Children's Literature
In a bland and straightforward manner, this informational book tells of the departure of the largest ship ever to sail the Great Lakes, from 1958 to 1971. Then, in 1975, departing from Duluth and loaded with 26 thousand tons of taconite, refined iron ore used to make cars in Detroit, the ship lost its depth radar plus the lighthouse beam toward which it made its way lost its power, and the Edmund Fitzgerald sank in a quick-rising storm. Some adults may know of this event from Gordon Lightfoot's song of the same name. The author pins the story on the ship's bell that was recovered from the wreck in 1995 and is now placed in the Great Lakes Shipwreck Museum at Whitefish Point, Michigan. The bell rang the watches and was lovingly polished each day. To accent the bell's importance, italicized couplets bring the reader out of the informational text and into a dirge-like poetic echoing refrain. The reportage memorializes some of the 29 men, many by name, who sailed the ship, and all of those names are written fittingly on the endpapers. The use of many place names cries out for a map of the Great Lakes, Lake Superior, the Keweenaw Peninsula, Duluth, Gary, Indiana, and the Detroit River but the only map is a painted rendition of a section of the navigational map showing the two islands between which the ship sank. Young readers unsure of their geography will get no help here. Painted artwork reveals the canvas texture and is dark, full of crashing waves, and renditions of the ship from many angles but evokes little emotion. An afterword tells that the families "were very sad when the ship was lost" and so created a memorial. While the book gets the job done, it will be more likely used inregional studies or as a traveler's souvenir than as a dramatic account of a worthy vessel's demise. 2003, Sleeping Bear Press, Ages 8 to 12.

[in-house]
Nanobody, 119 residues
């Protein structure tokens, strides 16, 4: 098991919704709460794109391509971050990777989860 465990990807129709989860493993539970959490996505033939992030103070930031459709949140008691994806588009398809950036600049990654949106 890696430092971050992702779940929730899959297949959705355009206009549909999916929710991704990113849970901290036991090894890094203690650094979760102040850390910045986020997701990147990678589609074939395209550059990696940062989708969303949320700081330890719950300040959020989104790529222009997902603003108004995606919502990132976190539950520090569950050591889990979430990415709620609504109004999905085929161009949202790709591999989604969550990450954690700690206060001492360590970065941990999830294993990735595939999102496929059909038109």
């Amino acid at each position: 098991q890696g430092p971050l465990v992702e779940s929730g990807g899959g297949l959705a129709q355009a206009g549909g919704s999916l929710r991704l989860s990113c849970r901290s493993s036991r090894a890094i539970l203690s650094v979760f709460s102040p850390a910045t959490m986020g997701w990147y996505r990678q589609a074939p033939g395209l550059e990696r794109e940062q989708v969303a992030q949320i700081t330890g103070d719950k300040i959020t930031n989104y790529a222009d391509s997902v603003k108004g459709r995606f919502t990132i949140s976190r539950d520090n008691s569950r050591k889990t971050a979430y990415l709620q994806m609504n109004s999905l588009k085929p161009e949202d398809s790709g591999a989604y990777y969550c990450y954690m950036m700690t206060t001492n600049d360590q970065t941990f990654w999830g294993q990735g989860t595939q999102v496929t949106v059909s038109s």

— Susan Hepler, Ph.D.
Library Journal
K-Gr 3-A picture book about the sinking of the cargo ship Edmund Fitzgerald during a storm on Lake Superior in 1975. The vessel's bell, which eventually became a memorial to the lost sailors, is the focal point of the narrative. Tension builds steadily as the story unfolds. Members of the crew are introduced by name, and the fictionalized dialogue makes the story more immediate and true to life. Conversation, largely between Captain McSorley and the captain and first mate of the Arthur M. Anderson, another ship on the lake at the time, is undocumented. A poem interspersed throughout the text creates a sentimental, disjointed effect. Endpapers list names, positions, and hometowns of the men, and an afterword by the Great Lakes Shipwreck Historical Society describes how the bell was retrieved and became a memorial. Paintings show the movement and danger of the lake, and different angles are used to capture the drama of the tragedy. This title should be considered an additional purchase where there is regional demand.-Debbie Stewart, Grand Rapids Public Library, MI Copyright 2004 Reed Business Information.

Product Details

ISBN-13:
9781585361267
Publisher:
Sleeping Bear Press
Publication date:
09/01/2003
Series:
Sleeping Bear -- True Stories
Pages:
48
Sales rank:
191,275
Product dimensions:
9.40(w) x 11.36(h) x 0.42(d)
Age Range:
6 - 10 Years